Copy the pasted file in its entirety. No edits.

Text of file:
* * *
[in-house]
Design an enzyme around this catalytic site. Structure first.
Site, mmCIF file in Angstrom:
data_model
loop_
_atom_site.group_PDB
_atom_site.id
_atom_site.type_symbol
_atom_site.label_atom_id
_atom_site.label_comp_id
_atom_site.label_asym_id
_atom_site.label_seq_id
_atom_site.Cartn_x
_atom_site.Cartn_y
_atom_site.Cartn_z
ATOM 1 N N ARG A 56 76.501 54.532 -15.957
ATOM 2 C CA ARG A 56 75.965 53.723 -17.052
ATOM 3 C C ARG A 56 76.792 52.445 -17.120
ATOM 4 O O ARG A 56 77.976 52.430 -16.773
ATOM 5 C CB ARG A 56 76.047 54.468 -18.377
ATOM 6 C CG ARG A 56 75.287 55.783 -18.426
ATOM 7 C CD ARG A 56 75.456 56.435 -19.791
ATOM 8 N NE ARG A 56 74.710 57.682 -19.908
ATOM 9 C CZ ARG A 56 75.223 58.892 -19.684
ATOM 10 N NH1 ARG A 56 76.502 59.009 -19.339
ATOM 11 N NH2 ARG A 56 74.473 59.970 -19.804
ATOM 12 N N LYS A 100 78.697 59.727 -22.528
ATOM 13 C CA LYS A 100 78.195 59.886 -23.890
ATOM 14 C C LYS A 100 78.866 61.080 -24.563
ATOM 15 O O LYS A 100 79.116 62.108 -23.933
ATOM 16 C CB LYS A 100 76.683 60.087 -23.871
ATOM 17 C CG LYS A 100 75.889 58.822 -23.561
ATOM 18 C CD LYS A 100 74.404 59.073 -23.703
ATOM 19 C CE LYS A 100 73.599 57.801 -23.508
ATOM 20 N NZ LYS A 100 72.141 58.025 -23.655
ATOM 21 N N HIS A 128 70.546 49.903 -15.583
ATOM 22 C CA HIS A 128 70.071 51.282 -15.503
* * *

[in-house]
Design an enzyme around this catalytic site. Structure first.
Site, mmCIF file in Angstrom:
data_model
loop_
_atom_site.group_PDB
_atom_site.id
_atom_site.type_symbol
_atom_site.label_atom_id
_atom_site.label_comp_id
_atom_site.label_asym_id
_atom_site.label_seq_id
_atom_site.Cartn_x
_atom_site.Cartn_y
_atom_site.Cartn_z
ATOM 1 N N ARG A 56 76.501 54.532 -15.957
ATOM 2 C CA ARG A 56 75.965 53.723 -17.052
ATOM 3 C C ARG A 56 76.792 52.445 -17.120
ATOM 4 O O ARG A 56 77.976 52.430 -16.773
ATOM 5 C CB ARG A 56 76.047 54.468 -18.377
ATOM 6 C CG ARG A 56 75.287 55.783 -18.426
ATOM 7 C CD ARG A 56 75.456 56.435 -19.791
ATOM 8 N NE ARG A 56 74.710 57.682 -19.908
ATOM 9 C CZ ARG A 56 75.223 58.892 -19.684
ATOM 10 N NH1 ARG A 56 76.502 59.009 -19.339
ATOM 11 N NH2 ARG A 56 74.473 59.970 -19.804
ATOM 12 N N LYS A 100 78.697 59.727 -22.528
ATOM 13 C CA LYS A 100 78.195 59.886 -23.890
ATOM 14 C C LYS A 100 78.866 61.080 -24.563
ATOM 15 O O LYS A 100 79.116 62.108 -23.933
ATOM 16 C CB LYS A 100 76.683 60.087 -23.871
ATOM 17 C CG LYS A 100 75.889 58.822 -23.561
ATOM 18 C CD LYS A 100 74.404 59.073 -23.703
ATOM 19 C CE LYS A 100 73.599 57.801 -23.508
ATOM 20 N NZ LYS A 100 72.141 58.025 -23.655
ATOM 21 N N HIS A 128 70.546 49.903 -15.583
ATOM 22 C CA HIS A 128 70.071 51.282 -15.503